It's amazing just how many forum posts complaining about audio interface pops and crackles or PC 'interference' problems turn out to be simply due to dirty contacts or components. Personally I use Caig's DeOxit D5 spray ( http://store.caig.com ) to deal with such problems, and to prevent them from happening in the first place.
It has a good reputation in the audio industry, being widely recommended by manufacturers of mixing and DJ desks, guitar, hi-fi, and power amps, and rack effects (even on elderly boutique audio gear), and is good for cleaning:
· Plugs & Sockets.
· Valve/tube pins.
· Rotary pots and faders.
· Contacts on computer expansion cards.
The reason for this reputation is that many generic contact cleaners simply use solvents to remove surface contamination, but DeOxit not only removes this muck, but also leaves a thin layer of lubricant behind that improves conductivity and helps to prevent further contamination/oxidation. Basically, if you've got crackly pots or faders, a quick squirt of a generic contact cleaner generally makes things better for a few days, but then the noises come back, while with DeOxit the effects generally last for months or even years!
Zap Those Crackles!
For preventative maintenance, I go round my studio about once a year and pull out each audio plug in turn and give it a wipe with a cloth on which I've sprayed a little DeOxit. If you plug/unplug it a few times this will also get a little DeOxit into the socket as well. Don't forget your mains connections, since these can sometimes get very tarnished over the years. I pull out the fuses in the mains plugs and give their ends a wipe, and also make sure the pins on my mains plugs are really clean, since this will help prevent intermittent connections and make sure your gear gets a good earth connection, which in turn can lower your noise floor.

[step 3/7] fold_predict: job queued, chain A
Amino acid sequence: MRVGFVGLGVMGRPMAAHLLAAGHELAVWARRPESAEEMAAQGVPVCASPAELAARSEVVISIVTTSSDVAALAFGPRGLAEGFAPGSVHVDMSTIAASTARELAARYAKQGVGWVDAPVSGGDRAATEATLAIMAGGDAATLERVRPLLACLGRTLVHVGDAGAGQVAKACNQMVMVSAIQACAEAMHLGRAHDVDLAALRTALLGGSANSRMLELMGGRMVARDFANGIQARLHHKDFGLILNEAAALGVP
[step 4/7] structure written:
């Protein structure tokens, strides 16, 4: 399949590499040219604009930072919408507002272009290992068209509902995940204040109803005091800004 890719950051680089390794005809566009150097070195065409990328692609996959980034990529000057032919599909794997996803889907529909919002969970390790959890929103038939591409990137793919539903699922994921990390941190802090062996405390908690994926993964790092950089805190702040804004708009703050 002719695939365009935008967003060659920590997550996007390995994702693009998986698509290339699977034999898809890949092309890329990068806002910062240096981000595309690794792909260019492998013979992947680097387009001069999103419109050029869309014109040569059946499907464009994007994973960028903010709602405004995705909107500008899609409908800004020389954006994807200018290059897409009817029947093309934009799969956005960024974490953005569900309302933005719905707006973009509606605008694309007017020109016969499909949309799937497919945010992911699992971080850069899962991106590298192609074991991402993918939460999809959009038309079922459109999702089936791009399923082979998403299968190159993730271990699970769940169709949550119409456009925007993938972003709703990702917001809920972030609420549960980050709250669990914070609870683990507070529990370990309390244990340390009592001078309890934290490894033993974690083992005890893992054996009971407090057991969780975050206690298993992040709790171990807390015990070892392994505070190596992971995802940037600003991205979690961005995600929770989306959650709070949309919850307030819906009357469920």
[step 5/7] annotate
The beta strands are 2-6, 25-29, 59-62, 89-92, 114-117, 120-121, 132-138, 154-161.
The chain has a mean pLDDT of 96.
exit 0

With crackly pots and faders, apply a quick spray of DeOxit and move them back and forth a dozen or so times to help break up any dirt and to distribute the lubrication. Leave overnight and then listen again - if any crackles remain try repeating the process, although in a few cases you may have to replace the pot/fader due to excessive wear. The DeOxit 5% formula has a carrier solvent that helps flush the muck away, but then quickly evaporates, leaving the lubricant in place to carry on doing its job
By the way, don't be tempted to try a squirt of WD40 - 'WD' stands for 'Water Displacement', so while it's a great way to resolve problems with rust, corrosion, or squeaks, and even removing chewing gum from carpets, it's not the most appropriate product for fader crackles.
Similarly, Isopropyl Alcohol will strip any lubrication from faders, leaving them clean but with a dry and scratchy action rather than the smooth silky one you're expecting, which is likely to get significantly worse fairly quickly.
FaderLube For Spills
Caig's DeOxit FaderLube is a more specialist product, described as a 'moving contact lubricant'. On their web site, Caig state that DeOxit and DeOxit Gold are formulated for conductive metal surfaces, while DeoxIT FaderLube is formulated to lubricate and enhance signal transmission on conductive plastics and carbon-based controls. In practice Caig nevertheless recommend DeOxit as a routine alternative treatment for faders.
However, FaderLube is preferred when your pots/faders have a heavy contamination of dust or other dirt, if you've spilt beer or coke on your mixing desk, or for high-use moving components in DJ and other mixing desks when the original lubrication has been worn away through extensive use or over-enthusiastic cleaning. Rane also only recommend FaderLube for use on any of their pots and faders ( Detailed Slide Pot Care Procedure ). You use it in much the same way as the standard DeOxit (spray and then move the pot/fader back and forth a few times over its full travel to distribute the product).
Caig also sell DeOxit Gold for those who have lots of gold-plated plugs and sockets. This provides extended protection for indoor use that you can wipe on after you've removed any muck using the basic DeOxit spray, or can be used directly onto plated connectors that are already clean. There's lots more information on their web site, and you can download a useful PDF file containing further instructions at:
Caig products are widely available in the US and elsewhere around the world, and in the UK can be found on-line at Russ Andrews ( www.russandrews.com )
Ban those studio crackles for ever!